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A Better Partnership
June 21, 2013

MSC holds governmental immunity stretches to all tasks within an agency leader's power

In Petipren v. Jaskowski, the Michigan Supreme Court held that an official's 'executive authority,' and the absolute governmental immunity that comes with it, encompass tasks that a lower-level employee may also perform. Accordingly, the defendant Police Chief was protected by governmental immunity even when he performed an ordinary arrest.

This case arose out of a charity concert that went wrong. The plaintiff's band was supposed to perform at a concert in the village of Port Sanilac. Attendees complained about the style of music, and a decision was made to stop the bands' performances. The plaintiff was warming up and had continued playing his drums when the Police Chief approached him. An altercation followed, and the plaintiff was arrested. The plaintiff later sued the Police Chief for assault and negligent and intentional infliction of emotional distress. The Circuit Court denied the defendant's motion to dismiss based on governmental immunity, concluding he was only entitled to qualified immunity and the Court of Appeals affirmed.

The Michigan Supreme Court reversed, holding the Police Chief was entitled to immunity because arrests were within his 'executive authority.' To establish governmental immunity, MCL 691.1407(5) requires a showing that the employee (1) is a judge, legislator, or elective or highest appointive executive official of a level of government, and (2) that he or she acted within the scope of his or her judicial, legislative, or executive authority. The Court noted the statute includes no indication that the immunity granted to high-ranking officials is not absolute when the official's authority encompasses conduct that might also be performed by a lower-level employee. The Court instructed that an objective inquiry into the scope of the actor's executive authority is necessary to decide whether a particular action will be subject to immunity. However, the Court cautioned that the inquiry does not include analysis of the actor's subjective state of mind.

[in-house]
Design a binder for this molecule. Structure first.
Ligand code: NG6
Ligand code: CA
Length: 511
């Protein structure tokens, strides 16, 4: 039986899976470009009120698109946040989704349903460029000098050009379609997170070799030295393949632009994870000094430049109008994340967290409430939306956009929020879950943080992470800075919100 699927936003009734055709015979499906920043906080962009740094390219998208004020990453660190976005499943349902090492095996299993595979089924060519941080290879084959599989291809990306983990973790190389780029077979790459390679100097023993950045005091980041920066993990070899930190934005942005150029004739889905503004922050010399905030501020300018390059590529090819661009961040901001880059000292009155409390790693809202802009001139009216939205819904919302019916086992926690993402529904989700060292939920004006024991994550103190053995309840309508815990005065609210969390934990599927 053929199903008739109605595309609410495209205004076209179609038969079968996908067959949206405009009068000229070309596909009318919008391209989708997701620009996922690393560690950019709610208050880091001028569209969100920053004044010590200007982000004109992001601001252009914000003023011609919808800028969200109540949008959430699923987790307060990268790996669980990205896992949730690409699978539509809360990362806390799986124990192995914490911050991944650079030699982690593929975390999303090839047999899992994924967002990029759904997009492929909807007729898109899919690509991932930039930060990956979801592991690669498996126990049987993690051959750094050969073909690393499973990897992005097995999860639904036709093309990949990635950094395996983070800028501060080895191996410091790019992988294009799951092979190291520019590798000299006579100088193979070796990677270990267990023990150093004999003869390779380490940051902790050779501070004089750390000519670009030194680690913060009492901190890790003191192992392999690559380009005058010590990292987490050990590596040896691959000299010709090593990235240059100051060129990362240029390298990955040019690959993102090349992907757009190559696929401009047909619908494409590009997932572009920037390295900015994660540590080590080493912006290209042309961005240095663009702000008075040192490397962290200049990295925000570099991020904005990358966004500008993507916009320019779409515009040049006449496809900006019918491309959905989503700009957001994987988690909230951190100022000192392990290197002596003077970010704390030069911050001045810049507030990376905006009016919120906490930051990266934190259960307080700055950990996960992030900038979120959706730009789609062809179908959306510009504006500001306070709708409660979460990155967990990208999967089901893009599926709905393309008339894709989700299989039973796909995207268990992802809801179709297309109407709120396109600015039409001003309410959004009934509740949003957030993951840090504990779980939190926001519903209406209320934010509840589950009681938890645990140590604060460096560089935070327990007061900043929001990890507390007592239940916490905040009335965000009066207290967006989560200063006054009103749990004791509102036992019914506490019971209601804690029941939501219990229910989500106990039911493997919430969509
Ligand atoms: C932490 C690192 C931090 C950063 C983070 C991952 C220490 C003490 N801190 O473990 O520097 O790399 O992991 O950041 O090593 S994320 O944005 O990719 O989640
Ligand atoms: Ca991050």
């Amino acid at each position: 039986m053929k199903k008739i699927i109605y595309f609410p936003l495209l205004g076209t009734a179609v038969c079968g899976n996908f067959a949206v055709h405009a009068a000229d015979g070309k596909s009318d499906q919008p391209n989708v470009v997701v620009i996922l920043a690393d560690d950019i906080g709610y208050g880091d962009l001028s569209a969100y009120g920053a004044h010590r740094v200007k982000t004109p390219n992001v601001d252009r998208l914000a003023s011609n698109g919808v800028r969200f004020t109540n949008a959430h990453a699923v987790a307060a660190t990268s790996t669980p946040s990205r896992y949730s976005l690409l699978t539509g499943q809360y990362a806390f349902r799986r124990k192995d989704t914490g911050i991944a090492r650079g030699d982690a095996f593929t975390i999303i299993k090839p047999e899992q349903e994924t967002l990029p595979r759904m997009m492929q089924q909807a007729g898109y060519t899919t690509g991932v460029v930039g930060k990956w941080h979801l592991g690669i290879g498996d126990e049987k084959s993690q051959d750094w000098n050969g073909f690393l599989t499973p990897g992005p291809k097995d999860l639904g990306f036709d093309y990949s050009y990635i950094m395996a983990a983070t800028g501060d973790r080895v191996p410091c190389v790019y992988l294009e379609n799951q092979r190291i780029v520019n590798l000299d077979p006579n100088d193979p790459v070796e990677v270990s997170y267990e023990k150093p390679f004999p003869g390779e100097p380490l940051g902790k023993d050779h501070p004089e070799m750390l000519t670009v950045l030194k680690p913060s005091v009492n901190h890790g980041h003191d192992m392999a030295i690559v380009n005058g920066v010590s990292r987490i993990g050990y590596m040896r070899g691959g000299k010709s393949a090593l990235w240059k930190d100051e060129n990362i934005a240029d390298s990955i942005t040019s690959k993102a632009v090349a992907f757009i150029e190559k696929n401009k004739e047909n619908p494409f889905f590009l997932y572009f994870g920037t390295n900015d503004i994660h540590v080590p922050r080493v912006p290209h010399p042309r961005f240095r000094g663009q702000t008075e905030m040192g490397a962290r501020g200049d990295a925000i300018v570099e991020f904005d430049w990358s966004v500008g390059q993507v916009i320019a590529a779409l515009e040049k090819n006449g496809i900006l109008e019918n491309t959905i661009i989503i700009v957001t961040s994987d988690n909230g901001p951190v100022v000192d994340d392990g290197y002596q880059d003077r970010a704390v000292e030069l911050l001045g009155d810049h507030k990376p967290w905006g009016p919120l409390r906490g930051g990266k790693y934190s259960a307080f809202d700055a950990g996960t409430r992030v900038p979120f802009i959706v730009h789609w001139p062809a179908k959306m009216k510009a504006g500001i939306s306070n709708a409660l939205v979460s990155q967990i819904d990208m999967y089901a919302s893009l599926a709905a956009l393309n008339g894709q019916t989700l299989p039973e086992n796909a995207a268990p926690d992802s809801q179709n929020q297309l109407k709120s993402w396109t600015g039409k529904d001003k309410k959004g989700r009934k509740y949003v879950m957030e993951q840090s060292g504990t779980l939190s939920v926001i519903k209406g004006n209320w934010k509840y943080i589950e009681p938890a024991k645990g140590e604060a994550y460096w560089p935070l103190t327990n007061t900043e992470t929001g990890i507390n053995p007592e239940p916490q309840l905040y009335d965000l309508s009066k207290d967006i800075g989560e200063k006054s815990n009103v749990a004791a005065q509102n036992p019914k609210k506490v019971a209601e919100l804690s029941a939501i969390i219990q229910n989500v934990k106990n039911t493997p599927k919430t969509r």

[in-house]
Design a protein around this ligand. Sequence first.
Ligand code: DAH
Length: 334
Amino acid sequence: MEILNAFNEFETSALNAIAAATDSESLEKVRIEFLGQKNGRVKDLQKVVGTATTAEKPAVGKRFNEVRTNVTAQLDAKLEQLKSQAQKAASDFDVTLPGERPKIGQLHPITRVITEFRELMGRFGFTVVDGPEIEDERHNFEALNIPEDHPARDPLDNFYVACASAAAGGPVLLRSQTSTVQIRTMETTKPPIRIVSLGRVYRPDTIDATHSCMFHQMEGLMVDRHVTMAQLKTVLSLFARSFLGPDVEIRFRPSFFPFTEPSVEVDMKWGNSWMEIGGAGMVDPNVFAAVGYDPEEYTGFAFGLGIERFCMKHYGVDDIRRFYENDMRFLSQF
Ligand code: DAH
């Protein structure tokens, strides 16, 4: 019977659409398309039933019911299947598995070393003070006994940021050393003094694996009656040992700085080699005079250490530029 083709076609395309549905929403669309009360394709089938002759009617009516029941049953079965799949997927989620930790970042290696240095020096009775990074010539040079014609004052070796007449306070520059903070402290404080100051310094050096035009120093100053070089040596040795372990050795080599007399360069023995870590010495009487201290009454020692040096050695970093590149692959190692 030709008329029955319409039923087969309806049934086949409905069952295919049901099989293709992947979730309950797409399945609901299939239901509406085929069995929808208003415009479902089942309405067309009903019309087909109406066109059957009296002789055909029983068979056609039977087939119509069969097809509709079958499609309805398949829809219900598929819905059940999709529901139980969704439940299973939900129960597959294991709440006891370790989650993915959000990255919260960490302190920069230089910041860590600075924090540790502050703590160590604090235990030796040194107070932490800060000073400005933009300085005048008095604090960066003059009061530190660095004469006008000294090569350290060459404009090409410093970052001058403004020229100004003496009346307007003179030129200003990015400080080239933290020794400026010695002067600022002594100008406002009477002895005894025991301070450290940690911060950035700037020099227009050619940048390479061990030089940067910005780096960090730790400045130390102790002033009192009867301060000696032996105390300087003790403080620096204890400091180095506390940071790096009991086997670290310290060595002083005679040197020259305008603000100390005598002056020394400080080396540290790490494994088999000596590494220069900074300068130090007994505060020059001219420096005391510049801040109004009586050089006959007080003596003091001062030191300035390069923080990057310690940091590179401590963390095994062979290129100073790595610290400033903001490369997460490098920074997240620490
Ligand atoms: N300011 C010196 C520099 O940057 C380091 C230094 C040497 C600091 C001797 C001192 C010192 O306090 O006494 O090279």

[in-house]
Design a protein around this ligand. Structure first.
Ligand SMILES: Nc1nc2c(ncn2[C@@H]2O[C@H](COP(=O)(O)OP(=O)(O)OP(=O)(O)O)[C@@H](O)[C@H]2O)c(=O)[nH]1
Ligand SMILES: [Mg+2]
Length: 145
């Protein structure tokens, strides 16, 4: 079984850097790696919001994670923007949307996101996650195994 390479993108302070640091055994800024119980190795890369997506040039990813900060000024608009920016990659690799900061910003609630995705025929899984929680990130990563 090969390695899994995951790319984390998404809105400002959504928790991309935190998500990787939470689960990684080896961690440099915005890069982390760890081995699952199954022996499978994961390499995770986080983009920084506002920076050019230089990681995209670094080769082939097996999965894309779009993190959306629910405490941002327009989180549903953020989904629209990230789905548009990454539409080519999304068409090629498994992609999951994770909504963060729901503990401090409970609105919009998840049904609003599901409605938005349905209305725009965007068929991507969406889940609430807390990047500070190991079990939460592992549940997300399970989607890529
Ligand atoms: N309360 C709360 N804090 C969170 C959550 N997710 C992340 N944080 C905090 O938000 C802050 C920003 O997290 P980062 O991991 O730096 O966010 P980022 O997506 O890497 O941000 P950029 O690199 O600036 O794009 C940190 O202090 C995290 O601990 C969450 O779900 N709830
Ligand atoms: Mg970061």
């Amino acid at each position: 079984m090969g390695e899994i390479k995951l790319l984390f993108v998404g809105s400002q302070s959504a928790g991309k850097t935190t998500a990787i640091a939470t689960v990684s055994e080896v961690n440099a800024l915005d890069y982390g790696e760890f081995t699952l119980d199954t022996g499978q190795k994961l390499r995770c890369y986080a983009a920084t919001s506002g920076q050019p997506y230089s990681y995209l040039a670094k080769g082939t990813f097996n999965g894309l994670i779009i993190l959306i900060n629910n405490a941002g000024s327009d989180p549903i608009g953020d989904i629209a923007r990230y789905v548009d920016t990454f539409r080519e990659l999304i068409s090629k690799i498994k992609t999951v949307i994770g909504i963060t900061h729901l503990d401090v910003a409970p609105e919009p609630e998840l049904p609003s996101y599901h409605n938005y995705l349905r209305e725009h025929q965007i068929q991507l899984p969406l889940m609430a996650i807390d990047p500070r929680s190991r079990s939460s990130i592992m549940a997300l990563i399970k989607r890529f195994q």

Justices Cavanagh and Markman dissented. The dissent would have held that "executive authority" includes only a specific subset of authority that a high-level executive must be acting within the scope of to obtain the benefit of absolute immunity from tort liability under MCL 691.1407(5).


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